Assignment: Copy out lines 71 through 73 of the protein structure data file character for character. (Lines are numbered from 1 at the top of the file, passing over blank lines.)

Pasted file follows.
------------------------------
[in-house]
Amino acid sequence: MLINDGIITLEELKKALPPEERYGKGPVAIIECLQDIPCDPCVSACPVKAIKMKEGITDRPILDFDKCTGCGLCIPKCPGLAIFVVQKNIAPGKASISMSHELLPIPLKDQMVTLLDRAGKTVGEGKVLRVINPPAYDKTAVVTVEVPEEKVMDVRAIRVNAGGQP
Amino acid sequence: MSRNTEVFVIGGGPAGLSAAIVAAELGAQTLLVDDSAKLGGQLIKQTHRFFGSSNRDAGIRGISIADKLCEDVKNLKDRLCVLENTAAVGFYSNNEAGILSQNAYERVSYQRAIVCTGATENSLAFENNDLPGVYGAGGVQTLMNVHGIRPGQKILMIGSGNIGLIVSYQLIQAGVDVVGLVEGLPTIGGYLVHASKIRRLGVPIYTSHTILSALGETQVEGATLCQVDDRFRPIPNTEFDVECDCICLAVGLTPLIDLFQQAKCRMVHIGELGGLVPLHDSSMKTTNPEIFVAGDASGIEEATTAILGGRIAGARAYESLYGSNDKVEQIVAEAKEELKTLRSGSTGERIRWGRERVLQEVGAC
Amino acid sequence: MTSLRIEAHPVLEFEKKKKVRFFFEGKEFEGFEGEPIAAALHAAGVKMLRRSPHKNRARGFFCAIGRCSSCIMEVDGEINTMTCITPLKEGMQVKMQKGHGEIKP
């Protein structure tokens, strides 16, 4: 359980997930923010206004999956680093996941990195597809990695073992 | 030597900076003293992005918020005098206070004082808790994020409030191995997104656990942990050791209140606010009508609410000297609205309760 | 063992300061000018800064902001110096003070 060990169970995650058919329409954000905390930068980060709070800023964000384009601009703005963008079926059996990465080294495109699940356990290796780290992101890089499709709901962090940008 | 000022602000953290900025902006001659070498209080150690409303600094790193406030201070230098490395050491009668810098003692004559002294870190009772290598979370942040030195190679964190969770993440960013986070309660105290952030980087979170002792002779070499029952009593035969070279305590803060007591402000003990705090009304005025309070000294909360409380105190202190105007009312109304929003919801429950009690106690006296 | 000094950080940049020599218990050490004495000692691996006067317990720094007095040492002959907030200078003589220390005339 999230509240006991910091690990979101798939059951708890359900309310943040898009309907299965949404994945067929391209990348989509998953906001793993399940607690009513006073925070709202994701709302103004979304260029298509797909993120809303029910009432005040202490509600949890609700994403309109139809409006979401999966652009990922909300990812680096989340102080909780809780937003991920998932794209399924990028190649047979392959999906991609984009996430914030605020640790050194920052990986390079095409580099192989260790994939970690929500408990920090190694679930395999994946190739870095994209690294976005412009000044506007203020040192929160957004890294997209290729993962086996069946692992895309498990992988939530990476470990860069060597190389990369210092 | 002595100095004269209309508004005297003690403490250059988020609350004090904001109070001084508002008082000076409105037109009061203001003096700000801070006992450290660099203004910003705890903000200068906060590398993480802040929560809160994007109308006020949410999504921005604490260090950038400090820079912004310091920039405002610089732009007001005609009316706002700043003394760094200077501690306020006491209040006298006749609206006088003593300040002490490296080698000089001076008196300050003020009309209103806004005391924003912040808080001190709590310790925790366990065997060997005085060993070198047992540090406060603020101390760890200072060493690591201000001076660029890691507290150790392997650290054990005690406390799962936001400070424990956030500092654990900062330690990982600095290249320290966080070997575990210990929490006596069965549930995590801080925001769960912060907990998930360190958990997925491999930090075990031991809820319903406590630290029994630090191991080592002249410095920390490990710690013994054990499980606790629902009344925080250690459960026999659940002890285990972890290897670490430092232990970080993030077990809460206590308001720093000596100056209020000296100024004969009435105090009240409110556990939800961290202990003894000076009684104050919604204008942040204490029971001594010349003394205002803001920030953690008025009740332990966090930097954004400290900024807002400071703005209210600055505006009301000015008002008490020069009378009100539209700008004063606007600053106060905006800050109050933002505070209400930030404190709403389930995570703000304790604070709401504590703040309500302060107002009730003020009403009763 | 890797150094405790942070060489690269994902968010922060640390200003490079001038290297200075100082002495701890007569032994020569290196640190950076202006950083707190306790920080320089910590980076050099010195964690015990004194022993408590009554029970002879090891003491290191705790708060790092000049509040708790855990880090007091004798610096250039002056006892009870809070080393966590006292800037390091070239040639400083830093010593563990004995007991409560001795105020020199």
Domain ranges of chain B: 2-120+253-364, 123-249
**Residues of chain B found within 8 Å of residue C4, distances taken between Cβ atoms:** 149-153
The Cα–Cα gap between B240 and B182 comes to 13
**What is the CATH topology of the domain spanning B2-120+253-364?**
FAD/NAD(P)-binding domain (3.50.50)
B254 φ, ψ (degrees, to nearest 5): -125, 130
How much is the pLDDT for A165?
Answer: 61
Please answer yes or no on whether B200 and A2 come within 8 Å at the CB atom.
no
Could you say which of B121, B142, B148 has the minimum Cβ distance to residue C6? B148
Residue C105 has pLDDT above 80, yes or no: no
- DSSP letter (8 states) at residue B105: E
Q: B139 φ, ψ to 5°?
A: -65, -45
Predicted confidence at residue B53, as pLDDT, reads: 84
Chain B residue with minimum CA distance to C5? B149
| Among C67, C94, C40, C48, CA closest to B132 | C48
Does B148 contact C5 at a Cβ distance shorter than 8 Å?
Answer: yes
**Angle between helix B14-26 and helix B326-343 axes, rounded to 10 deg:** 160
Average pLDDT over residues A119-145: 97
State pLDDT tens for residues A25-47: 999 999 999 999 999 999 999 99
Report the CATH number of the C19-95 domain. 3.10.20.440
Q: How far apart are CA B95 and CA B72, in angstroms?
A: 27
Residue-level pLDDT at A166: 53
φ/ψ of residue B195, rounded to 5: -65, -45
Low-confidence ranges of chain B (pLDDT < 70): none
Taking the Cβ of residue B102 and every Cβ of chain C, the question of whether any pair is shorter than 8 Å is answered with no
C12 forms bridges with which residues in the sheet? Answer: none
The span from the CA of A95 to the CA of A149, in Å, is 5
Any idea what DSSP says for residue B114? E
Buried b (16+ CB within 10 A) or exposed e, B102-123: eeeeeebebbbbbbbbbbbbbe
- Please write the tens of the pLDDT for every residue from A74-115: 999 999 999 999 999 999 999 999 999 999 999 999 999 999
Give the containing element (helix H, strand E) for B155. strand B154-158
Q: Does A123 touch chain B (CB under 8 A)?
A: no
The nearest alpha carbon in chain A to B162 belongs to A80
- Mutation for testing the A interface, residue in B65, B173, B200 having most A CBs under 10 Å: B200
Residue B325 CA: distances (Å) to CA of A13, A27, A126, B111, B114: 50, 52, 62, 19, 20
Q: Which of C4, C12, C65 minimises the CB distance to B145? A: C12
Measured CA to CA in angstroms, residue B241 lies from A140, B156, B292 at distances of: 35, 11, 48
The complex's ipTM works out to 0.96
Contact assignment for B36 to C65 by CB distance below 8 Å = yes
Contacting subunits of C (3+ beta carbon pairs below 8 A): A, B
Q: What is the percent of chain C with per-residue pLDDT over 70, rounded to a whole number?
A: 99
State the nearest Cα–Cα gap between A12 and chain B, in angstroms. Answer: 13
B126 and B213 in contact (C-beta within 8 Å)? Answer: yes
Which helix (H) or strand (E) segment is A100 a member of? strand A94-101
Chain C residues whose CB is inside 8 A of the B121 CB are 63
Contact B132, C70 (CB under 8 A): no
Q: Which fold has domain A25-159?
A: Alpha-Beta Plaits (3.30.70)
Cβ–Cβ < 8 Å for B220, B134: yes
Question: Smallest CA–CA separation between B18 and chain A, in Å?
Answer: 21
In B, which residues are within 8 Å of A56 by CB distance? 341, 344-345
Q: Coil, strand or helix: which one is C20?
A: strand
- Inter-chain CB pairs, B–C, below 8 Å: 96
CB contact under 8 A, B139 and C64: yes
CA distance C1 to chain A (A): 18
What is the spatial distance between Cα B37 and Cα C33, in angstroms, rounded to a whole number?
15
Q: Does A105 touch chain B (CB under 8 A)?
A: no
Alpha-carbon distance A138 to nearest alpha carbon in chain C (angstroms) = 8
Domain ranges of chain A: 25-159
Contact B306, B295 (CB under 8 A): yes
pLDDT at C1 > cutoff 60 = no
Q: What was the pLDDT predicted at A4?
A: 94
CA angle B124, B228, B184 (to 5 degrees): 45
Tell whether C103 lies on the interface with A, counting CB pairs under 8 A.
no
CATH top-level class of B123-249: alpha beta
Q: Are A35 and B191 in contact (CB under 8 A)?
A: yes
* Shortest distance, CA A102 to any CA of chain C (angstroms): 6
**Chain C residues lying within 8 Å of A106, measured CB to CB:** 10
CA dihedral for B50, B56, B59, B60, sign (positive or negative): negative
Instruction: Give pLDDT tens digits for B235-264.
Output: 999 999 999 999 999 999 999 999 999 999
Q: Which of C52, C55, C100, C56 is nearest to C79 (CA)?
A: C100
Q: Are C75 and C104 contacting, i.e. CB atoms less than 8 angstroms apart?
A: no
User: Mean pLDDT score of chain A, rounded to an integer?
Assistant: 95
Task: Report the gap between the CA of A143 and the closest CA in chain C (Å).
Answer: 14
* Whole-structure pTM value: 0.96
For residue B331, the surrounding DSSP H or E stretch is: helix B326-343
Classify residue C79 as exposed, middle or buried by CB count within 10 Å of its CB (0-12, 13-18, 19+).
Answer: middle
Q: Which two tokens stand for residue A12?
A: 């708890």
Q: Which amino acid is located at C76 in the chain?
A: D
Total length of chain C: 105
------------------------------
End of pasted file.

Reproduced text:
15
Q: Does A105 touch chain B (CB under 8 A)?
A: no